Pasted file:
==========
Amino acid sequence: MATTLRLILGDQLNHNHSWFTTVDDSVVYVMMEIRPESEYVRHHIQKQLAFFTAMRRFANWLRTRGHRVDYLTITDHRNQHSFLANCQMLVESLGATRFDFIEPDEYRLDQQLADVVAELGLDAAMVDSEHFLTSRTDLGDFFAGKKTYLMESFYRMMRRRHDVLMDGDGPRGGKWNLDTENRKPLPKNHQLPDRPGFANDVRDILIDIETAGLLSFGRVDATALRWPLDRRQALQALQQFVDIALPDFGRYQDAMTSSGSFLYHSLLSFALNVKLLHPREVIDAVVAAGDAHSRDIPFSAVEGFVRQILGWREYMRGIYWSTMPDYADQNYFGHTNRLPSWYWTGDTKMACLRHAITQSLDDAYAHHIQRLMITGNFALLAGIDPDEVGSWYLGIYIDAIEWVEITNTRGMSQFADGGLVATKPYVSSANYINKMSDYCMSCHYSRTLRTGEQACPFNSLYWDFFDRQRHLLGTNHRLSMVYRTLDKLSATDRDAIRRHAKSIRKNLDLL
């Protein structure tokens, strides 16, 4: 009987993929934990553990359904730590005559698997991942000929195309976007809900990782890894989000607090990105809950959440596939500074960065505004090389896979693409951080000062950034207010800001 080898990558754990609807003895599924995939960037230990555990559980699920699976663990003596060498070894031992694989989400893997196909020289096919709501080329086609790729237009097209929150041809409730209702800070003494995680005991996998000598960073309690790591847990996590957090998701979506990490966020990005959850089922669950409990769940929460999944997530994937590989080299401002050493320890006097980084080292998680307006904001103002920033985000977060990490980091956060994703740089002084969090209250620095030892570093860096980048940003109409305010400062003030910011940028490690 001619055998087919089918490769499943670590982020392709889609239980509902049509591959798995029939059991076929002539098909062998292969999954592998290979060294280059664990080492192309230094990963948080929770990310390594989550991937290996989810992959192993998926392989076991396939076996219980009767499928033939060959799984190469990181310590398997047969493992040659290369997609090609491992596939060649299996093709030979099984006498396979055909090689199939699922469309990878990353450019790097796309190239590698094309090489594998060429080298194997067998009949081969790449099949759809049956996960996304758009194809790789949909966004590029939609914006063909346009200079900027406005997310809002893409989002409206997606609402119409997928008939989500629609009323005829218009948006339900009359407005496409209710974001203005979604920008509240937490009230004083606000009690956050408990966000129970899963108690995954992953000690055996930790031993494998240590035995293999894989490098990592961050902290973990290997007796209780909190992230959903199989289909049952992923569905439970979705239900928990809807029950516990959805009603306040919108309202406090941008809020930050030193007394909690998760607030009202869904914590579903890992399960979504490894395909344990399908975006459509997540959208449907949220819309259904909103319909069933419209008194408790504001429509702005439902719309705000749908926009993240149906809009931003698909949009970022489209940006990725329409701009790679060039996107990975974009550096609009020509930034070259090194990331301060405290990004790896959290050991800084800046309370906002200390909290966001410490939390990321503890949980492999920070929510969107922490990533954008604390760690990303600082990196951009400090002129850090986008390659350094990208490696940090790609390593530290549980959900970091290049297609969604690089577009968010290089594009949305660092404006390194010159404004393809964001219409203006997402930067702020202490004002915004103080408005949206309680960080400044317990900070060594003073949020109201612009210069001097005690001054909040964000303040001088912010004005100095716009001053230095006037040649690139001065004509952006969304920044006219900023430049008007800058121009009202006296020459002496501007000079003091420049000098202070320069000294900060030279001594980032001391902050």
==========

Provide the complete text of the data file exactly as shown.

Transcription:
Amino acid sequence: MATTLRLILGDQLNHNHSWFTTVDDSVVYVMMEIRPESEYVRHHIQKQLAFFTAMRRFANWLRTRGHRVDYLTITDHRNQHSFLANCQMLVESLGATRFDFIEPDEYRLDQQLADVVAELGLDAAMVDSEHFLTSRTDLGDFFAGKKTYLMESFYRMMRRRHDVLMDGDGPRGGKWNLDTENRKPLPKNHQLPDRPGFANDVRDILIDIETAGLLSFGRVDATALRWPLDRRQALQALQQFVDIALPDFGRYQDAMTSSGSFLYHSLLSFALNVKLLHPREVIDAVVAAGDAHSRDIPFSAVEGFVRQILGWREYMRGIYWSTMPDYADQNYFGHTNRLPSWYWTGDTKMACLRHAITQSLDDAYAHHIQRLMITGNFALLAGIDPDEVGSWYLGIYIDAIEWVEITNTRGMSQFADGGLVATKPYVSSANYINKMSDYCMSCHYSRTLRTGEQACPFNSLYWDFFDRQRHLLGTNHRLSMVYRTLDKLSATDRDAIRRHAKSIRKNLDLL
């Protein structure tokens, strides 16, 4: 009987993929934990553990359904730590005559698997991942000929195309976007809900990782890894989000607090990105809950959440596939500074960065505004090389896979693409951080000062950034207010800001 080898990558754990609807003895599924995939960037230990555990559980699920699976663990003596060498070894031992694989989400893997196909020289096919709501080329086609790729237009097209929150041809409730209702800070003494995680005991996998000598960073309690790591847990996590957090998701979506990490966020990005959850089922669950409990769940929460999944997530994937590989080299401002050493320890006097980084080292998680307006904001103002920033985000977060990490980091956060994703740089002084969090209250620095030892570093860096980048940003109409305010400062003030910011940028490690 001619055998087919089918490769499943670590982020392709889609239980509902049509591959798995029939059991076929002539098909062998292969999954592998290979060294280059664990080492192309230094990963948080929770990310390594989550991937290996989810992959192993998926392989076991396939076996219980009767499928033939060959799984190469990181310590398997047969493992040659290369997609090609491992596939060649299996093709030979099984006498396979055909090689199939699922469309990878990353450019790097796309190239590698094309090489594998060429080298194997067998009949081969790449099949759809049956996960996304758009194809790789949909966004590029939609914006063909346009200079900027406005997310809002893409989002409206997606609402119409997928008939989500629609009323005829218009948006339900009359407005496409209710974001203005979604920008509240937490009230004083606000009690956050408990966000129970899963108690995954992953000690055996930790031993494998240590035995293999894989490098990592961050902290973990290997007796209780909190992230959903199989289909049952992923569905439970979705239900928990809807029950516990959805009603306040919108309202406090941008809020930050030193007394909690998760607030009202869904914590579903890992399960979504490894395909344990399908975006459509997540959208449907949220819309259904909103319909069933419209008194408790504001429509702005439902719309705000749908926009993240149906809009931003698909949009970022489209940006990725329409701009790679060039996107990975974009550096609009020509930034070259090194990331301060405290990004790896959290050991800084800046309370906002200390909290966001410490939390990321503890949980492999920070929510969107922490990533954008604390760690990303600082990196951009400090002129850090986008390659350094990208490696940090790609390593530290549980959900970091290049297609969604690089577009968010290089594009949305660092404006390194010159404004393809964001219409203006997402930067702020202490004002915004103080408005949206309680960080400044317990900070060594003073949020109201612009210069001097005690001054909040964000303040001088912010004005100095716009001053230095006037040649690139001065004509952006969304920044006219900023430049008007800058121009009202006296020459002496501007000079003091420049000098202070320069000294900060030279001594980032001391902050």